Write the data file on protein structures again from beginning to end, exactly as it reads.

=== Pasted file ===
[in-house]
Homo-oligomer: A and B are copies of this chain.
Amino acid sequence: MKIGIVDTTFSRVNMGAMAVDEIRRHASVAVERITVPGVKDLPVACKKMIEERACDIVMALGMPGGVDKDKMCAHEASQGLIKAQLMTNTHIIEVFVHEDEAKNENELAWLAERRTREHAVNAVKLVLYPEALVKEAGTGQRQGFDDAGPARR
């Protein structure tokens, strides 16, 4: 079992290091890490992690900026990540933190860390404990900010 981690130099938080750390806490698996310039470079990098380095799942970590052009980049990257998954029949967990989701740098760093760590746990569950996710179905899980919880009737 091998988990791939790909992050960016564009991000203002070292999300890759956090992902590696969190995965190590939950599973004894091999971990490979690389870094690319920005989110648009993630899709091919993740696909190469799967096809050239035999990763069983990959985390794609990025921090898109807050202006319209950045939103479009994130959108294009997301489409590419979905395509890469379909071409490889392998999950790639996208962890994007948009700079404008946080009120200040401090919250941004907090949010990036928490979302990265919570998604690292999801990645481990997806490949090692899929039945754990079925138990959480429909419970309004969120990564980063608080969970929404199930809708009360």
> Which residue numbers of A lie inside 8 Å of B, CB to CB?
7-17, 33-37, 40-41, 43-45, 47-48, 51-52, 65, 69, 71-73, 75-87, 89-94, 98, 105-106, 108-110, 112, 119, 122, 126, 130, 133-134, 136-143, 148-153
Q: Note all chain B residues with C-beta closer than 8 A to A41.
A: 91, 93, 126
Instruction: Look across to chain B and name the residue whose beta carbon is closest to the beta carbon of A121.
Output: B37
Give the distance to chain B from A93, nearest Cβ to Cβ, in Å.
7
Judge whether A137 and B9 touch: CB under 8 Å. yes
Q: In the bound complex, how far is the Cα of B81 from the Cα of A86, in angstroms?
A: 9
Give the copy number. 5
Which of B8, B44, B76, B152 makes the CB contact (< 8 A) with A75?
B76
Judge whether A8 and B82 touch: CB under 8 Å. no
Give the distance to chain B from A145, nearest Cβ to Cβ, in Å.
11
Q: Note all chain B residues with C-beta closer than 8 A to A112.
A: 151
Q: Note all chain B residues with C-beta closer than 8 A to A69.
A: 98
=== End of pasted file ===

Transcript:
[in-house]
Homo-oligomer: A and B are copies of this chain.
Amino acid sequence: MKIGIVDTTFSRVNMGAMAVDEIRRHASVAVERITVPGVKDLPVACKKMIEERACDIVMALGMPGGVDKDKMCAHEASQGLIKAQLMTNTHIIEVFVHEDEAKNENELAWLAERRTREHAVNAVKLVLYPEALVKEAGTGQRQGFDDAGPARR
């Protein structure tokens, strides 16, 4: 079992290091890490992690900026990540933190860390404990900010 981690130099938080750390806490698996310039470079990098380095799942970590052009980049990257998954029949967990989701740098760093760590746990569950996710179905899980919880009737 091998988990791939790909992050960016564009991000203002070292999300890759956090992902590696969190995965190590939950599973004894091999971990490979690389870094690319920005989110648009993630899709091919993740696909190469799967096809050239035999990763069983990959985390794609990025921090898109807050202006319209950045939103479009994130959108294009997301489409590419979905395509890469379909071409490889392998999950790639996208962890994007948009700079404008946080009120200040401090919250941004907090949010990036928490979302990265919570998604690292999801990645481990997806490949090692899929039945754990079925138990959480429909419970309004969120990564980063608080969970929404199930809708009360």
> Which residue numbers of A lie inside 8 Å of B, CB to CB?
7-17, 33-37, 40-41, 43-45, 47-48, 51-52, 65, 69, 71-73, 75-87, 89-94, 98, 105-106, 108-110, 112, 119, 122, 126, 130, 133-134, 136-143, 148-153
Q: Note all chain B residues with C-beta closer than 8 A to A41.
A: 91, 93, 126
Instruction: Look across to chain B and name the residue whose beta carbon is closest to the beta carbon of A121.
Output: B37
Give the distance to chain B from A93, nearest Cβ to Cβ, in Å.
7
Judge whether A137 and B9 touch: CB under 8 Å. yes
Q: In the bound complex, how far is the Cα of B81 from the Cα of A86, in angstroms?
A: 9
Give the copy number. 5
Which of B8, B44, B76, B152 makes the CB contact (< 8 A) with A75?
B76
Judge whether A8 and B82 touch: CB under 8 Å. no
Give the distance to chain B from A145, nearest Cβ to Cβ, in Å.
11
Q: Note all chain B residues with C-beta closer than 8 A to A112.
A: 151
Q: Note all chain B residues with C-beta closer than 8 A to A69.
A: 98